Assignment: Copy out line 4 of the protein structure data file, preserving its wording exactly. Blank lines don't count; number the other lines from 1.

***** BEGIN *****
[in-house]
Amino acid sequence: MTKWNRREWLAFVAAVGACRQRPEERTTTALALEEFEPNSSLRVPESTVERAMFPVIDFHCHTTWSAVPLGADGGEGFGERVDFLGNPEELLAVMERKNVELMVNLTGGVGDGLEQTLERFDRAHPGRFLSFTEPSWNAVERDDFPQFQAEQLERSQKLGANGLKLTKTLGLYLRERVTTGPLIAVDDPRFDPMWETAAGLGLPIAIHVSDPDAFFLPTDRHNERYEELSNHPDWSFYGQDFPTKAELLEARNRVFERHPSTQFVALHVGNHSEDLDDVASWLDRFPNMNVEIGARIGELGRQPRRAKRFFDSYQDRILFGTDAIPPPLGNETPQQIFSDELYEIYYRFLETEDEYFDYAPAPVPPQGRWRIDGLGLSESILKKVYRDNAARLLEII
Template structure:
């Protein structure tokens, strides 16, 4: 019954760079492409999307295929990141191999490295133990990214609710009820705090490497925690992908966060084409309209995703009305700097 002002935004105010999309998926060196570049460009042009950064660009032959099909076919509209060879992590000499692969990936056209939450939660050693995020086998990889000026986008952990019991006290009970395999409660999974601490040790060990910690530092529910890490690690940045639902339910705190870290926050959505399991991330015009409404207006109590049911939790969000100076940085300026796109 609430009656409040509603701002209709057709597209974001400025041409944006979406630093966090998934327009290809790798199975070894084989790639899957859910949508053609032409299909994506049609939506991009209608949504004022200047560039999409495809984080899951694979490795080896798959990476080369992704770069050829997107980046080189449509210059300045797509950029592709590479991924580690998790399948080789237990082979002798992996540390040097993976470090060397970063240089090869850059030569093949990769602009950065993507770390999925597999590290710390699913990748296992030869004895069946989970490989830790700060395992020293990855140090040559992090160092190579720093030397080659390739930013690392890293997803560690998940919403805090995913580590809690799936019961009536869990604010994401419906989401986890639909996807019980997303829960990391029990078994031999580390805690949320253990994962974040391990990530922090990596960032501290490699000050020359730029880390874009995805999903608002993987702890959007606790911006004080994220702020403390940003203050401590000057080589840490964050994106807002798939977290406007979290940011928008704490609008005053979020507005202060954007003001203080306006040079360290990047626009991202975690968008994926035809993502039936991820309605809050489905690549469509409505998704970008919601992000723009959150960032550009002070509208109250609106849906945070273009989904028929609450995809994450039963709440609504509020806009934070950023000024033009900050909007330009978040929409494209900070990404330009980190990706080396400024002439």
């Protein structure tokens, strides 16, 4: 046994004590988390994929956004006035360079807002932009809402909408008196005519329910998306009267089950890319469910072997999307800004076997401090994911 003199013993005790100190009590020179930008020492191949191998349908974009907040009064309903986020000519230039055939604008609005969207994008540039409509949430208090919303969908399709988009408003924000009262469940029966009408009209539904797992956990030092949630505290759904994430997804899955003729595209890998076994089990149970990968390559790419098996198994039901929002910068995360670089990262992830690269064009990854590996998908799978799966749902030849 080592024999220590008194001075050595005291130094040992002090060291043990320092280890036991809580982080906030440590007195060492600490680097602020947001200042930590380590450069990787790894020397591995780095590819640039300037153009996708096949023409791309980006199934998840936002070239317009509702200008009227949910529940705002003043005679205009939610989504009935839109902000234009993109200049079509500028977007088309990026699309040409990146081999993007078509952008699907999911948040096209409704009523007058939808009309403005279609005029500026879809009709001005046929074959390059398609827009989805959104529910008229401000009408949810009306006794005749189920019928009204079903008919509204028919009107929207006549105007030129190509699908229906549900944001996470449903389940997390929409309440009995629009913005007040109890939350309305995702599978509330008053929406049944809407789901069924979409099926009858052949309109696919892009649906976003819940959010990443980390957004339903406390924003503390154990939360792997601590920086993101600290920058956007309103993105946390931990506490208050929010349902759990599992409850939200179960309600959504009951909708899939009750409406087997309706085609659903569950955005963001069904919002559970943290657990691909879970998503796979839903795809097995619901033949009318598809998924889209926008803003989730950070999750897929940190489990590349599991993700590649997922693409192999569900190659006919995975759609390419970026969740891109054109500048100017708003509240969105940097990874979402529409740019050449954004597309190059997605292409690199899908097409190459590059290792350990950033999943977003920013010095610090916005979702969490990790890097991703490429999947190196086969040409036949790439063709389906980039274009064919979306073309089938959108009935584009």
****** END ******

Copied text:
């Protein structure tokens, strides 16, 4: 019954760079492409999307295929990141191999490295133990990214609710009820705090490497925690992908966060084409309209995703009305700097 002002935004105010999309998926060196570049460009042009950064660009032959099909076919509209060879992590000499692969990936056209939450939660050693995020086998990889000026986008952990019991006290009970395999409660999974601490040790060990910690530092529910890490690690940045639902339910705190870290926050959505399991991330015009409404207006109590049911939790969000100076940085300026796109 609430009656409040509603701002209709057709597209974001400025041409944006979406630093966090998934327009290809790798199975070894084989790639899957859910949508053609032409299909994506049609939506991009209608949504004022200047560039999409495809984080899951694979490795080896798959990476080369992704770069050829997107980046080189449509210059300045797509950029592709590479991924580690998790399948080789237990082979002798992996540390040097993976470090060397970063240089090869850059030569093949990769602009950065993507770390999925597999590290710390699913990748296992030869004895069946989970490989830790700060395992020293990855140090040559992090160092190579720093030397080659390739930013690392890293997803560690998940919403805090995913580590809690799936019961009536869990604010994401419906989401986890639909996807019980997303829960990391029990078994031999580390805690949320253990994962974040391990990530922090990596960032501290490699000050020359730029880390874009995805999903608002993987702890959007606790911006004080994220702020403390940003203050401590000057080589840490964050994106807002798939977290406007979290940011928008704490609008005053979020507005202060954007003001203080306006040079360290990047626009991202975690968008994926035809993502039936991820309605809050489905690549469509409505998704970008919601992000723009959150960032550009002070509208109250609106849906945070273009989904028929609450995809994450039963709440609504509020806009934070950023000024033009900050909007330009978040929409494209900070990404330009980190990706080396400024002439």